The past four years of the Trump administration has been relatively light on regulatory enforcement actions in the financial services area. Under Director Kathy Kraninger, the Consumer Financial Protection Bureau (CFPB) has embraced the role of consumer educator more than enforcer—as have the other federal financial regulatory agencies. The rate of regulatory change declined, with fewer financial laws and regulations implemented. Meanwhile, state oversight has ticked up in response in many places.
How might things change during the Biden administration? Insiders predict more aggressive rule writing and enforcement. Read on to find out what areas are likely to get prompt attention.
Biden’s CFPB Nominee Helped Create the Agency
Rohit Chopra, a commissioner on the Federal Trade Commission (FTC) and former CFPB Assistant Director and Student Loan Ombudsman under the Obama administration, has been nominated for director of the CFPB. During his time with the bureau, Chopra secured “hundreds of millions of dollars in refunds for borrowers victimized by unlawful conduct by loan servicers, debt collectors, and for-profit college chains,” says the press release announcing his appointment. During his time at the FTC, he has “worked to increase scrutiny of dominant technology firms that pose risks to privacy, national security, and fair competition.”
Chopra is not only a former CFPB executive, but he is also said to be an architect of the agency. He worked with Sen. Elizabeth Warren (D-Mass.) to help create it. He has a keen interest in the student lending space, technology firms, and has pushed for aggressive remedies against repeat offenders. There are also reports that one of Chopra’s first priorities may be restoring the agency’s focus on enforcing fair lending laws, cracking down on payday lenders, and building up robust case law on what counts as an “abusive act or practice” under the Dodd-Frank law.
This appointment signals that the Biden administration may be returning to a more aggressive regulatory regime. However, pulling back everything that Kraninger has done under the Trump administration may take a while. Chopra must be confirmed by the Senate, and it will take a while for the agency to shift gears.
Why is the appointment of a new director of the CFPB so important? For financial institutions that are over $10 billion in assets and mortgage companies, the CFPB is the primary regulator responsible for enforcing consumer protection regulations and laws. For those under $10 billion, the CFPB can also work with an institution’s primary regulator or other federal law enforcement like the Justice Department in pursuing enforcement actions against the financial institution.
As a side note, Biden’s ability to replace Kraniger at the CFPB is new, the result of a landmark case last year where the CFPB’s constitutionality was in question. The Supreme Court ruled the CFPB director can be removed by the president at will.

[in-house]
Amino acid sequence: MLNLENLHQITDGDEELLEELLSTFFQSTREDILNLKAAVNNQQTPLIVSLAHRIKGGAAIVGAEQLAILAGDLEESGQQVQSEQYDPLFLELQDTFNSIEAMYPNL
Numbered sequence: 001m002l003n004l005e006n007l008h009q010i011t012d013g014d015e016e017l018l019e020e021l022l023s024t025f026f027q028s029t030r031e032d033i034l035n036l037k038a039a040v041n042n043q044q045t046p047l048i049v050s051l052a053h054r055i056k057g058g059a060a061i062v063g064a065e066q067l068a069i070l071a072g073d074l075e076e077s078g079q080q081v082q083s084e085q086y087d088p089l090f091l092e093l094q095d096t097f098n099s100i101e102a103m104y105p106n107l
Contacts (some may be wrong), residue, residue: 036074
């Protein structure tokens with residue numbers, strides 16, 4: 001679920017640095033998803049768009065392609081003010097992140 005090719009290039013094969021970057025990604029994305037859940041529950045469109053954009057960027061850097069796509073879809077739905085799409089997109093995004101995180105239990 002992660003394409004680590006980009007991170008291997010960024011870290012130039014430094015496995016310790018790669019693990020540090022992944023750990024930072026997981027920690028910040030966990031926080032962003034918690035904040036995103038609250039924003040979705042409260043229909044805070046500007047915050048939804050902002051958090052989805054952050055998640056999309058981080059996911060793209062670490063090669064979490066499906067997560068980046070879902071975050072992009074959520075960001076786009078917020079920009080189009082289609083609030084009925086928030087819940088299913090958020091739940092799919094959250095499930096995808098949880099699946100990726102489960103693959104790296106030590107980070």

Fair Lending & Systemic Racism
Fair lending is expected to get even more attention under the Biden administration. The Biden administration says it will push for economic equity and an end to systemic racism with new rules and the enforcement of existing rules.
Community Reinvestment Act. Biden’s Build Back Better site shows that the new president has big plans for the Community Reinvestment Act (CRA). His goal is to “strengthen and expand” the law to cover mortgage and insurance companies and “reverse new rules that allow these institutions to avoid lending and investing in all of the communities they serve”—a callout to the Office of the Comptroller of the Currency’s new CRA rules, which have been criticized by community groups and Democrats.
HMDA for Small Business. In September, the CFPB announced it was in the process of finally writing rules to implement section 1071 of the Dodd-Frank Act, which amended the Equal Credit Opportunity Act (ECOA) to require new data collection requirements on loan applications for women-owned, minority-owned, and small businesses. You can think of it as the Home Mortgage Disclosure Act (HMDA) for small business lending. Once enacted, lenders will be required to collect similar data fields for small business loans as HMDA currently requires for mortgages.
The CFPB’s comment period on the proposals ended December 14, but it is unclear if the rulemaking will go forward as proposed or if the new administration will have a different approach.
Qualified Mortgage Rule. In December, the CFPB amended Qualified Mortgage (QM) Rule Z to provide lenders more flexibility. It replaced the 43 percent consumer debt-to-income (DTI) ratio with a limit based on the loan’s pricing. The other rule created a new category of QMs, called seasoned QMs. The rule changed displeased consumer groups who were concerned they would make it easier for lenders to make loans that consumers will have difficulty paying back. The QM rule is a legacy of Dodd-Frank and the mortgage crisis. Will the CFPB under the Biden administration revert to the old QM rules or will it allow the new rules to stand? It is too early to tell.
Payday lending rule. Under the Trump administration, the CFPB rolled back an Obama-era rule intended to ensure borrowers had the ability to repay high-interest unsecured loans before getting another payday loan. It is likely the Biden administration will press forward with the rule to eliminate the high-interest debt cycle that comes with payday lending.
Recognizing how new administrations bring change to regulatory focus, FIs need to remain diligent in their efforts to stay abreast of changes.
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